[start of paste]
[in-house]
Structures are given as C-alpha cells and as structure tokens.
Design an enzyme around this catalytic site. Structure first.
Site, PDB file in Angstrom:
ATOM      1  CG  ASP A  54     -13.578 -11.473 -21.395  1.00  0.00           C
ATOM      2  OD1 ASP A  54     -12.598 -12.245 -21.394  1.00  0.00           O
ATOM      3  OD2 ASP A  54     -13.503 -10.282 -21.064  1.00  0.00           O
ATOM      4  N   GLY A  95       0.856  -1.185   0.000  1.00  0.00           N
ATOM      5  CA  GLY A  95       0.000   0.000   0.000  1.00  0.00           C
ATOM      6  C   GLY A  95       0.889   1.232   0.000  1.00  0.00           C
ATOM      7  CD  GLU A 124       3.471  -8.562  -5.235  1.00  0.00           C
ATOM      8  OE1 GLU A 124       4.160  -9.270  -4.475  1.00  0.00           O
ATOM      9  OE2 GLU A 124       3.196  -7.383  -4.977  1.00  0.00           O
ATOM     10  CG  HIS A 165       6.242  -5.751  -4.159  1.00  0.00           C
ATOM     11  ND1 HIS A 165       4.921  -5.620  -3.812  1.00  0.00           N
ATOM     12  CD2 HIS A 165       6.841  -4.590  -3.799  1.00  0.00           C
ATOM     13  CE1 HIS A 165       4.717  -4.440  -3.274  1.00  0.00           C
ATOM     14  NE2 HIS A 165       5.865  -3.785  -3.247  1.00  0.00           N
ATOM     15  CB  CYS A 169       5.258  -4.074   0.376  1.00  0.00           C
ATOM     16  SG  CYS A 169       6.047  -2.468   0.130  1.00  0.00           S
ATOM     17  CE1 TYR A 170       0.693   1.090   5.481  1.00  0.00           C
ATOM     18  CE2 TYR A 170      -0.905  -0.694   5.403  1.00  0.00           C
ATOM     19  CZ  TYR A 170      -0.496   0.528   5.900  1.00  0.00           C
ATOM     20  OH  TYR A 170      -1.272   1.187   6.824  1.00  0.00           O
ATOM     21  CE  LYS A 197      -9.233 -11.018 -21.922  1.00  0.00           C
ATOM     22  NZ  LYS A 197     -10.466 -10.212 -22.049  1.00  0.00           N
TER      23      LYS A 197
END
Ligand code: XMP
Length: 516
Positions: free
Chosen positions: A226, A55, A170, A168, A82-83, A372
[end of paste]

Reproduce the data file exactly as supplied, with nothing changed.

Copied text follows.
[in-house]
Structures are given as C-alpha cells and as structure tokens.
Design an enzyme around this catalytic site. Structure first.
Site, PDB file in Angstrom:
ATOM      1  CG  ASP A  54     -13.578 -11.473 -21.395  1.00  0.00           C
ATOM      2  OD1 ASP A  54     -12.598 -12.245 -21.394  1.00  0.00           O
ATOM      3  OD2 ASP A  54     -13.503 -10.282 -21.064  1.00  0.00           O
ATOM      4  N   GLY A  95       0.856  -1.185   0.000  1.00  0.00           N
ATOM      5  CA  GLY A  95       0.000   0.000   0.000  1.00  0.00           C
ATOM      6  C   GLY A  95       0.889   1.232   0.000  1.00  0.00           C
ATOM      7  CD  GLU A 124       3.471  -8.562  -5.235  1.00  0.00           C
ATOM      8  OE1 GLU A 124       4.160  -9.270  -4.475  1.00  0.00           O
ATOM      9  OE2 GLU A 124       3.196  -7.383  -4.977  1.00  0.00           O
ATOM     10  CG  HIS A 165       6.242  -5.751  -4.159  1.00  0.00           C
ATOM     11  ND1 HIS A 165       4.921  -5.620  -3.812  1.00  0.00           N
ATOM     12  CD2 HIS A 165       6.841  -4.590  -3.799  1.00  0.00           C
ATOM     13  CE1 HIS A 165       4.717  -4.440  -3.274  1.00  0.00           C
ATOM     14  NE2 HIS A 165       5.865  -3.785  -3.247  1.00  0.00           N
ATOM     15  CB  CYS A 169       5.258  -4.074   0.376  1.00  0.00           C
ATOM     16  SG  CYS A 169       6.047  -2.468   0.130  1.00  0.00           S
ATOM     17  CE1 TYR A 170       0.693   1.090   5.481  1.00  0.00           C
ATOM     18  CE2 TYR A 170      -0.905  -0.694   5.403  1.00  0.00           C
ATOM     19  CZ  TYR A 170      -0.496   0.528   5.900  1.00  0.00           C
ATOM     20  OH  TYR A 170      -1.272   1.187   6.824  1.00  0.00           O
ATOM     21  CE  LYS A 197      -9.233 -11.018 -21.922  1.00  0.00           C
ATOM     22  NZ  LYS A 197     -10.466 -10.212 -22.049  1.00  0.00           N
TER      23      LYS A 197
END
Ligand code: XMP
Length: 516
Positions: free
Chosen positions: A226, A55, A170, A168, A82-83, A372